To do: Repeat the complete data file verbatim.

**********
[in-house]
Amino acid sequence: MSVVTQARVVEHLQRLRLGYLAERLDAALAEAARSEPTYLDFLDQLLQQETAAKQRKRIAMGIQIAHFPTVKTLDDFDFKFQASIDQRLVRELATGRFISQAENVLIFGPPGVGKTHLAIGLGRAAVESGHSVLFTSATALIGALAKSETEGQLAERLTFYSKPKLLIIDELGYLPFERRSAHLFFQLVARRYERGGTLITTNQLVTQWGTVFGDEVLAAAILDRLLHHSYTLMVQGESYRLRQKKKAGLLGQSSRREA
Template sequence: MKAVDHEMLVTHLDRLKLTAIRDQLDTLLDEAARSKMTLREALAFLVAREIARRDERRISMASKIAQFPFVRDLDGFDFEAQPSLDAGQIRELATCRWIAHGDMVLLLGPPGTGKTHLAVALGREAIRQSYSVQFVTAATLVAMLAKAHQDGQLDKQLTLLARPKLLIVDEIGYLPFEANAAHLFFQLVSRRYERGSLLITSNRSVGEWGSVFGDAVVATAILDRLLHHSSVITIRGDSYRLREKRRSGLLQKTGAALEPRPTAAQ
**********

[in-house]
Amino acid sequence: MSVVTQARVVEHLQRLRLGYLAERLDAALAEAARSEPTYLDFLDQLLQQETAAKQRKRIAMGIQIAHFPTVKTLDDFDFKFQASIDQRLVRELATGRFISQAENVLIFGPPGVGKTHLAIGLGRAAVESGHSVLFTSATALIGALAKSETEGQLAERLTFYSKPKLLIIDELGYLPFERRSAHLFFQLVARRYERGGTLITTNQLVTQWGTVFGDEVLAAAILDRLLHHSYTLMVQGESYRLRQKKKAGLLGQSSRREA
Template sequence: MKAVDHEMLVTHLDRLKLTAIRDQLDTLLDEAARSKMTLREALAFLVAREIARRDERRISMASKIAQFPFVRDLDGFDFEAQPSLDAGQIRELATCRWIAHGDMVLLLGPPGTGKTHLAVALGREAIRQSYSVQFVTAATLVAMLAKAHQDGQLDKQLTLLARPKLLIVDEIGYLPFEANAAHLFFQLVSRRYERGSLLITSNRSVGEWGSVFGDAVVATAILDRLLHHSSVITIRGDSYRLREKRRSGLLQKTGAALEPRPTAAQ